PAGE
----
Ernestine's portrait was purposefully painted in egg tempera. This is a medium that I thoroughly enjoy. It is a meditative experience from beginning to end. It requires mixing the dry ground paint pigment ( which is usually color from the earth or rock) mixed with egg yolk, distilled water and a dash of vodka (the technique I learned was from the Russian icon artists). This medium is very archival considering it's humble ingredients and is found on the Egyptian sarcophagi. It was the primary method of painting until 1500 when oil painting was invented.
It seemed fitting to use this medium because it existed when our European World met our Native American world on this continent. Most art at that period also was commissioned by the Catholic Church. The Catholic Church dominates our early California history and also plays a major role in Ernestine's personal life and beliefs and in her Chumash Heritage. The landscape in Bellini's Madonna Del Prato was referenced in Ernestine's portrait because it reminded me of our Santa Barbara Mission and the Jesuit priests who forever changed the Chumash way of life.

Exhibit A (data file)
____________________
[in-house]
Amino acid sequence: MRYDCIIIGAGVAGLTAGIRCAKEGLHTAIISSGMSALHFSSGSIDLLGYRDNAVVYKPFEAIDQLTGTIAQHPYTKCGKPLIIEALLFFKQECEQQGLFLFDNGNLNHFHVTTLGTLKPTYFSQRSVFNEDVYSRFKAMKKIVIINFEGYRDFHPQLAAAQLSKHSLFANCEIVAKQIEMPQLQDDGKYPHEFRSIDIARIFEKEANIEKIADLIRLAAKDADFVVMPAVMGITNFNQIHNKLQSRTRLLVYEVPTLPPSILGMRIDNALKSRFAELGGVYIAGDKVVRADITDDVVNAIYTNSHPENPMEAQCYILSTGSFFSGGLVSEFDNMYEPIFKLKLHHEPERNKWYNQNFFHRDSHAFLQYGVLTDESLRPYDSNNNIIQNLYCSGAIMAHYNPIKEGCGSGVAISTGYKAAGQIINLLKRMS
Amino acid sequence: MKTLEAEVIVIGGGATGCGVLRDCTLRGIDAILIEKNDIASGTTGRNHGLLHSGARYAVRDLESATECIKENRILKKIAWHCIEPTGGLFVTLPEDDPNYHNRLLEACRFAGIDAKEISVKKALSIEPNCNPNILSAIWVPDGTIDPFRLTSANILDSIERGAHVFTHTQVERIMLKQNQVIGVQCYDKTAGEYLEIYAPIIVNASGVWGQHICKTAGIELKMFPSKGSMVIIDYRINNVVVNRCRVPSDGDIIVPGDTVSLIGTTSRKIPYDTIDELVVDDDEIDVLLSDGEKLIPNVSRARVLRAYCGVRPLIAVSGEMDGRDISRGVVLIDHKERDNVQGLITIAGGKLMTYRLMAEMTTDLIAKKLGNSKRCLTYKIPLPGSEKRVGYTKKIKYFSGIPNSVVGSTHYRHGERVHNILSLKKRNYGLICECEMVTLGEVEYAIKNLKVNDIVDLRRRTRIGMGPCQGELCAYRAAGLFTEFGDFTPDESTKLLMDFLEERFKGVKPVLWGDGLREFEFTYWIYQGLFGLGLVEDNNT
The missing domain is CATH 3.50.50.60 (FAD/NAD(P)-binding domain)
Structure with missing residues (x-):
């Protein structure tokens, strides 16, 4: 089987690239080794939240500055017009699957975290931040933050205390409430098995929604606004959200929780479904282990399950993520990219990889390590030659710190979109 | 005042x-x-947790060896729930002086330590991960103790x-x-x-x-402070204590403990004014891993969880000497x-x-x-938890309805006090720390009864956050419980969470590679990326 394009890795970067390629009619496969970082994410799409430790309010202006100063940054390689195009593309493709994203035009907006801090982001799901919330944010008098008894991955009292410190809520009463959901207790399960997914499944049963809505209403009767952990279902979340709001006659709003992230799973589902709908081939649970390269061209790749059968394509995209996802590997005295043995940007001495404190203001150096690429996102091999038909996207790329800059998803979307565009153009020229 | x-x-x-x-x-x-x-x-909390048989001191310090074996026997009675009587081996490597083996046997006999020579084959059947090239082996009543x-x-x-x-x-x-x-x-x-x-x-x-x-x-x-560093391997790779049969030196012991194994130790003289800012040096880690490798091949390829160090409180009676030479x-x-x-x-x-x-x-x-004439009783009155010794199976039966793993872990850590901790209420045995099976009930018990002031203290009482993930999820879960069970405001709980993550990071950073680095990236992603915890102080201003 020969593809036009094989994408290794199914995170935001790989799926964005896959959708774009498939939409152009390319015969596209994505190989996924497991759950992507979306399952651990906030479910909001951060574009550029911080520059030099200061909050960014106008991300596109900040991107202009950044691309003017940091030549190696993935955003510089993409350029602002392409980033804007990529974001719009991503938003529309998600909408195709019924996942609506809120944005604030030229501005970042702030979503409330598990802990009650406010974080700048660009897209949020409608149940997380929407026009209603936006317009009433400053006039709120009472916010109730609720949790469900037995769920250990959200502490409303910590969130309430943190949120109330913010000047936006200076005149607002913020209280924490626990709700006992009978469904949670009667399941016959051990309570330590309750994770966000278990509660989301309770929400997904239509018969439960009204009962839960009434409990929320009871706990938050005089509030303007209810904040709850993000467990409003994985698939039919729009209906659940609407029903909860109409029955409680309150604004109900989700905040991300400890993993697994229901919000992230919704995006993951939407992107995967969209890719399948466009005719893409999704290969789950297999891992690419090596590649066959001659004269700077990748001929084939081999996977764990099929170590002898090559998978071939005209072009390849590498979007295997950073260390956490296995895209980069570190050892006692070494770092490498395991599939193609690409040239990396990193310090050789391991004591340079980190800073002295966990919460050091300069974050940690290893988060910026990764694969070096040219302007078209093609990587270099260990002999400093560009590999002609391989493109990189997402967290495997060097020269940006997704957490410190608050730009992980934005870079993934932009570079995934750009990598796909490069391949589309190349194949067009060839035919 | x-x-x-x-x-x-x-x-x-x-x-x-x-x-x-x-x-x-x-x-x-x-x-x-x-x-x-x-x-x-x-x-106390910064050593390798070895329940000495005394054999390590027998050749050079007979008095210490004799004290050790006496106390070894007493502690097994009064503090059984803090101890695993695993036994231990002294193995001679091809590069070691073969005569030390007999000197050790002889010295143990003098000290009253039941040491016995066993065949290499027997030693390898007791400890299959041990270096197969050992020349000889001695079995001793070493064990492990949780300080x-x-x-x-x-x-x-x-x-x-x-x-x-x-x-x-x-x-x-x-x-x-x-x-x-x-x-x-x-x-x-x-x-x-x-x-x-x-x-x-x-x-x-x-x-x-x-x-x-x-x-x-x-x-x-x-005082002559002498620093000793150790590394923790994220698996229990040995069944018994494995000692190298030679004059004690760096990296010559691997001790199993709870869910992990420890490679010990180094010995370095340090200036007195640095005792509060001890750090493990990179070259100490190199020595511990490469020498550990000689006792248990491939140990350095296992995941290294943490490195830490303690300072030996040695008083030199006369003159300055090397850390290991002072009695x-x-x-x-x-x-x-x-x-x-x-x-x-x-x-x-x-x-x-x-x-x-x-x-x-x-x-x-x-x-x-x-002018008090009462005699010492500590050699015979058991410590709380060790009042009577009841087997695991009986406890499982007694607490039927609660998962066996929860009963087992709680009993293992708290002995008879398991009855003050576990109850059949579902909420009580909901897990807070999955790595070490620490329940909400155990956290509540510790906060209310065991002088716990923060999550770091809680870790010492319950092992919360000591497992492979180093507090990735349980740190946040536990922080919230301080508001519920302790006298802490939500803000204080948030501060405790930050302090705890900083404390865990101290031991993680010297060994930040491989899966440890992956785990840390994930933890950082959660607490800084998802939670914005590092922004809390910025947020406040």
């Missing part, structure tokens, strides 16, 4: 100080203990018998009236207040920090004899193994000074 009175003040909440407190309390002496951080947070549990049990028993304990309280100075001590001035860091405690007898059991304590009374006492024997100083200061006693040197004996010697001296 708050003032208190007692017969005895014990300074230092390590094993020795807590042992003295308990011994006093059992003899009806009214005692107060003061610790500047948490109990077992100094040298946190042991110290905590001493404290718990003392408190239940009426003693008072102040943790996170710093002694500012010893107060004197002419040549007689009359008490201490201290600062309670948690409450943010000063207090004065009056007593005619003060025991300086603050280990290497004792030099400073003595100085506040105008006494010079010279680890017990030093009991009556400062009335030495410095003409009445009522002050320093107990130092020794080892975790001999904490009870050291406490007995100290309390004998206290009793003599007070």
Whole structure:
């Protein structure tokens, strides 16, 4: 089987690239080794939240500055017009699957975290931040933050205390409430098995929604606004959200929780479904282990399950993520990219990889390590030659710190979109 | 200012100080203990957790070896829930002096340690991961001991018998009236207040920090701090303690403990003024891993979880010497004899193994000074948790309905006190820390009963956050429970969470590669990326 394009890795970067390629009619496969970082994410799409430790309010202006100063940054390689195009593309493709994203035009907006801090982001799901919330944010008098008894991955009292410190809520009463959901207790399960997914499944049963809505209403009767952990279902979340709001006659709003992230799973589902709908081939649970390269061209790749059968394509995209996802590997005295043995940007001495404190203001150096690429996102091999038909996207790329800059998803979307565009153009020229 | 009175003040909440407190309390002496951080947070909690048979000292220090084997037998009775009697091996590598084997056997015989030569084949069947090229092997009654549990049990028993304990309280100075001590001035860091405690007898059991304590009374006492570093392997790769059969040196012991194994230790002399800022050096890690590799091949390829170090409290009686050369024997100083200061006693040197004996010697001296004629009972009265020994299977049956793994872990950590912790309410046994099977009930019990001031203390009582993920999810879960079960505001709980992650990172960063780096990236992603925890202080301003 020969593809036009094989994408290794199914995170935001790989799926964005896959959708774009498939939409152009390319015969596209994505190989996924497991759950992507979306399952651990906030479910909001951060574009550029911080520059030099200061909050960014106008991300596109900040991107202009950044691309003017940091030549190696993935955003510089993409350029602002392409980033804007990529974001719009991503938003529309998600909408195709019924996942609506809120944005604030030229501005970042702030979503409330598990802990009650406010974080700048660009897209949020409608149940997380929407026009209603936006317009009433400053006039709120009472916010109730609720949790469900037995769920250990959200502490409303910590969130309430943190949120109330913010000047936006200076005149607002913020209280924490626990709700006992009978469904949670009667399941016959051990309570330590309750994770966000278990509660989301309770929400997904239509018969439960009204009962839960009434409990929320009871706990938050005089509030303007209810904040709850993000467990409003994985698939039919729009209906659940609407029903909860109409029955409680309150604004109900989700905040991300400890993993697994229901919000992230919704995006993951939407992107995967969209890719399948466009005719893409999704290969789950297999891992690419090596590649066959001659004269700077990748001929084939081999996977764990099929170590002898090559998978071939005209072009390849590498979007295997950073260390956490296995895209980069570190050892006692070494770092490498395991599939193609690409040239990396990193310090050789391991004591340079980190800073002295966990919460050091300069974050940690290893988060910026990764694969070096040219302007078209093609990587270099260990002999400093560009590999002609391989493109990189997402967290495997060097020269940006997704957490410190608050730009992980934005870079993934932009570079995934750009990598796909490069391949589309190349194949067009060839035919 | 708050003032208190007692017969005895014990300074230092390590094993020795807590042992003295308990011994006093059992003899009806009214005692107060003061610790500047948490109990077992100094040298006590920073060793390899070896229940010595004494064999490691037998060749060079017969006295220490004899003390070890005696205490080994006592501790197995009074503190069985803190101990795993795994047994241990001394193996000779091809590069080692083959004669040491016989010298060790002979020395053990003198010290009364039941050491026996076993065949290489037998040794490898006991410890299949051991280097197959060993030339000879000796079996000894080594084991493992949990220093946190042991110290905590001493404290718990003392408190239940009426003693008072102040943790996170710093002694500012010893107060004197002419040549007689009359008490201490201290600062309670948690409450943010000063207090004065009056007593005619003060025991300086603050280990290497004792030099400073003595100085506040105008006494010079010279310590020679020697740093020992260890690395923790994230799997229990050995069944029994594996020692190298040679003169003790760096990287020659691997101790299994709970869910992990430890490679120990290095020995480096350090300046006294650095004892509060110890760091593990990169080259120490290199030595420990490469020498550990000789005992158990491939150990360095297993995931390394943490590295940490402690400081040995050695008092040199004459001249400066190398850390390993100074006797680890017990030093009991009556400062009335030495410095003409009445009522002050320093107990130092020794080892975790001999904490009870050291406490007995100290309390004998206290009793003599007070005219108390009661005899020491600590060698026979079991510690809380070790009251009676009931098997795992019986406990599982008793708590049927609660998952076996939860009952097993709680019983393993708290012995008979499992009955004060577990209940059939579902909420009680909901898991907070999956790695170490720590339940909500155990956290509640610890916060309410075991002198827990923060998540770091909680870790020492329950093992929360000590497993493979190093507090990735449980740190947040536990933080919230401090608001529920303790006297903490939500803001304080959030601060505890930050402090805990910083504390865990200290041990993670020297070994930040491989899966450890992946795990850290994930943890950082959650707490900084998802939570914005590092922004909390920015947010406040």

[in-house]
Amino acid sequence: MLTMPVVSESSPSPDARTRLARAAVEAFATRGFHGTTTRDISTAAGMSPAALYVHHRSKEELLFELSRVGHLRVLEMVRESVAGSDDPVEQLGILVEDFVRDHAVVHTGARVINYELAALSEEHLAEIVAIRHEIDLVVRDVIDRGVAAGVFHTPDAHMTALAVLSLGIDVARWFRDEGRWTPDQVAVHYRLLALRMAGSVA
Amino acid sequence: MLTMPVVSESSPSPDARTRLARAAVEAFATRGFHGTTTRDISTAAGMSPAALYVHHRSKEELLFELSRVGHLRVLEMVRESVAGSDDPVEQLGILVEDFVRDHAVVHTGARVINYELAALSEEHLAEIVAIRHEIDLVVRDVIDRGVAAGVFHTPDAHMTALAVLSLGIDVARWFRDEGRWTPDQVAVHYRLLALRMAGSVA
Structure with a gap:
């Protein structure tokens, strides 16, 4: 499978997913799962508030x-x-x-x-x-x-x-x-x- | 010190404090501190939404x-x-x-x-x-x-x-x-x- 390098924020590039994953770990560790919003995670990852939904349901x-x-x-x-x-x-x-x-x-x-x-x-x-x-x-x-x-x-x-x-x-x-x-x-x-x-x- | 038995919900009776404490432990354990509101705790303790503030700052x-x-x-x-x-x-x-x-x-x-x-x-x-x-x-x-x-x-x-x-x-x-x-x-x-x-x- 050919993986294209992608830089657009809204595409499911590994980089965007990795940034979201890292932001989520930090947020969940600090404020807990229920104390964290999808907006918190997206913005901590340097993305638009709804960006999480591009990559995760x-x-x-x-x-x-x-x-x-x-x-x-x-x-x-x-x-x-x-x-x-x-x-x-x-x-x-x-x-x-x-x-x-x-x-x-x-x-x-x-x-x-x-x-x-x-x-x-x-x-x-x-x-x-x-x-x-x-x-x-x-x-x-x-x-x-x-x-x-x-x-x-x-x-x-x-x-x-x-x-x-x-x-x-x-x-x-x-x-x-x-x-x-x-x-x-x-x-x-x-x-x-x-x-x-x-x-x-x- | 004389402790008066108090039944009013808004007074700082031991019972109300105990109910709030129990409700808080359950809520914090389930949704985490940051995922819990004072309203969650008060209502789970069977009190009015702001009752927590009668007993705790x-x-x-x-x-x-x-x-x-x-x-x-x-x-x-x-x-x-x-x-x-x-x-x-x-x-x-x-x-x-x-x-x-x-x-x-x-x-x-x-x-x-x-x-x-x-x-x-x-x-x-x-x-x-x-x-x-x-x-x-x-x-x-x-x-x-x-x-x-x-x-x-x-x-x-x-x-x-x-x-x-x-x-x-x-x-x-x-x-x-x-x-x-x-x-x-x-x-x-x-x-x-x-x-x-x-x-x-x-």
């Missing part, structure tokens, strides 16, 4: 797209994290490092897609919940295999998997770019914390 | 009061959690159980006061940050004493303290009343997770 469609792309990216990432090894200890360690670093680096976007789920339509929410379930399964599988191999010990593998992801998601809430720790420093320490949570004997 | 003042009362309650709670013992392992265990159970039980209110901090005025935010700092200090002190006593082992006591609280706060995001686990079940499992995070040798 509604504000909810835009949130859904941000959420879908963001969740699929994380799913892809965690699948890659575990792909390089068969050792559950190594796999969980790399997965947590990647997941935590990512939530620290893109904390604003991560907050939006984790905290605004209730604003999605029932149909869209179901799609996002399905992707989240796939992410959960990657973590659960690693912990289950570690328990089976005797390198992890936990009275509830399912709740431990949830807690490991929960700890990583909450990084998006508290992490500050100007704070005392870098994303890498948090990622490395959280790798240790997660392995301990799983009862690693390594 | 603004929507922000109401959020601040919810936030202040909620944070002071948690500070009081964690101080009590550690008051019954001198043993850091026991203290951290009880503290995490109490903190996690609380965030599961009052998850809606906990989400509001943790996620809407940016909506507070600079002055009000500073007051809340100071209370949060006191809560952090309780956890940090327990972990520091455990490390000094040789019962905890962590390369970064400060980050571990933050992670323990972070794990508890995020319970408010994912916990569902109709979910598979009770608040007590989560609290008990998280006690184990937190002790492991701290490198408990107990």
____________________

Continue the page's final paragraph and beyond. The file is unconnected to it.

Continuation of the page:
Ernestine dominates my landscape as the iconic Madonna and the Tule reed ( which was used in Chumash basketry) becomes her royal scepter pointing to the heavens where Ursa Major and Minor eternally reside. These constellations further illustrate Ernestine's memories of the Chumash story of the Sugar Bear and her profound relationship with her own mother.